the sharp scrapings that represented music. "They must be having some
kind of ceremony."

Sheckly nodded, shivering slightly, though the air was hot and humid. He
wished again, as he often had in the past, he could have some of
Harding's assurance, some of that unrelenting optimism that insisted
everything would turn out favorably. But he didn't like these strange
primitive worlds, he didn't trust them or their inhabitants. The
lizard-people had seemed friendly enough, but by looking at a strange
reptile you couldn't tell how far it would jump. When the Earth ship
landed, the creatures had come slithering to them with all but a brass
band, welcoming the Earthlings with the hissings that composed their
language. One of them--the official interpreter, he proclaimed
himself--knew a peculiarly good brand of English, and welcomed them in a
more satisfactory manner, but still Sheckly didn't like it. Harding had
called him chicken-hearted, and he felt a certain amount of justified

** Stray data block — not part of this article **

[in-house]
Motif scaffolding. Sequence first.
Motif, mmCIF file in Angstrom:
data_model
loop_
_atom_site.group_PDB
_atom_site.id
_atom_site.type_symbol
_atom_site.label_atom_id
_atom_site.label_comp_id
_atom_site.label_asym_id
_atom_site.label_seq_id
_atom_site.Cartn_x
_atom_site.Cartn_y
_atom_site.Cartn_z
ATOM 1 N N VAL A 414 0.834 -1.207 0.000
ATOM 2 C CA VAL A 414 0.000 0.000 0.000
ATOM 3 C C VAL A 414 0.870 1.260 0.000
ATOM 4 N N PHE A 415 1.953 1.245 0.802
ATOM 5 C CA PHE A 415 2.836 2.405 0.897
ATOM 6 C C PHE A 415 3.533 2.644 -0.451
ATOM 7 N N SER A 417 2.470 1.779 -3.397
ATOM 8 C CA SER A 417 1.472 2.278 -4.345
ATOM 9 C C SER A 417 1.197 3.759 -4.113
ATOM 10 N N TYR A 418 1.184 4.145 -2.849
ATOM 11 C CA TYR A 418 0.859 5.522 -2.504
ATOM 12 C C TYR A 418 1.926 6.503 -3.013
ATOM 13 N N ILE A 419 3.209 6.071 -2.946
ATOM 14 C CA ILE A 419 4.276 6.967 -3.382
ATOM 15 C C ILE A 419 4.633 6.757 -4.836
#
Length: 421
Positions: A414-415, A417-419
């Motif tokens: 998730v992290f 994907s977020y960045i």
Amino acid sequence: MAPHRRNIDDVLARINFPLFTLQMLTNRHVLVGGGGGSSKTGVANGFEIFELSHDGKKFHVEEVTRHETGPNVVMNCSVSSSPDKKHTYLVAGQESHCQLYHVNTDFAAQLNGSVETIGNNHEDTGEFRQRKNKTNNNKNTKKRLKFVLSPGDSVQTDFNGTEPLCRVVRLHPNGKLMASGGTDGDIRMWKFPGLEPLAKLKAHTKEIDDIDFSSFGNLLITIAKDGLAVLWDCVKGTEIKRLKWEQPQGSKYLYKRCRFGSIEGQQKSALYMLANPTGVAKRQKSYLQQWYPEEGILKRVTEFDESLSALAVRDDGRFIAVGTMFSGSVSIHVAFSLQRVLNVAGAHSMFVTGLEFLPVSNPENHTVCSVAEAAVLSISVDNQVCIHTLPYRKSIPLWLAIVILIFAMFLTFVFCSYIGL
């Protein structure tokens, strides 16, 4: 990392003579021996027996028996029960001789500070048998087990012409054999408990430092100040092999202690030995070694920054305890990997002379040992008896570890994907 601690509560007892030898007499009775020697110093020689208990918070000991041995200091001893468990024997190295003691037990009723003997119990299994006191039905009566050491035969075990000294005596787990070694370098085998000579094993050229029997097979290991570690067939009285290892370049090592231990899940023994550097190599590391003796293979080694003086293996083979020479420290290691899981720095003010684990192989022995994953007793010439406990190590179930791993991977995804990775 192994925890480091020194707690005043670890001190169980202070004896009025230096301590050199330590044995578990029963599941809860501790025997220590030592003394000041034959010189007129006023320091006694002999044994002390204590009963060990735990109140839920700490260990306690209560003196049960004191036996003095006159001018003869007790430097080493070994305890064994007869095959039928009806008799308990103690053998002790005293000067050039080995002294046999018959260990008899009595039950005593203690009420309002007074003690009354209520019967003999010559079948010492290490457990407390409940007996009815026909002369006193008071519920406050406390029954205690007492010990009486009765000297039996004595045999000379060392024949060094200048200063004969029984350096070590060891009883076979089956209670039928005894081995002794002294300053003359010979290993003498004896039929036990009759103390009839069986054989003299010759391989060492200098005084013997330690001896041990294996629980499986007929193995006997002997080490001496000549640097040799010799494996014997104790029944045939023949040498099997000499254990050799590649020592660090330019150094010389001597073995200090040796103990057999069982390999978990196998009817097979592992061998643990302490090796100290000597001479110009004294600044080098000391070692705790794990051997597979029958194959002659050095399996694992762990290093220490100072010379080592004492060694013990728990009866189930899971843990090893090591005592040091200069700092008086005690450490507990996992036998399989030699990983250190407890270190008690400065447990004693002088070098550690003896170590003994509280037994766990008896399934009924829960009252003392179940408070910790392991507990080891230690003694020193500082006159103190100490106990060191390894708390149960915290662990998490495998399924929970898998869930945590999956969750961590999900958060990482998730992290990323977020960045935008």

indignance at the description. Cautious would be a better word, he
decided.

       *       *       *       *       *

These people appeared friendly to the Earthlings, but so did the
Earthlings give the appearance of friendliness to the natives; that was
proof in itself that you couldn't trust actions to indicate purpose. But
even more than that, their basic alienness troubled Sheckly more than he
dared admit aloud. Differences in skin color and modified body shapes
were one thing, but when a race was on a completely different
evolutionary track it was a time for caution. These were a different
people, on a different planet under a different star. Their customs
were strange, how strange he could yet only guess, though he preferred
not to. This ceremony now, for example, what did it mean? A rite for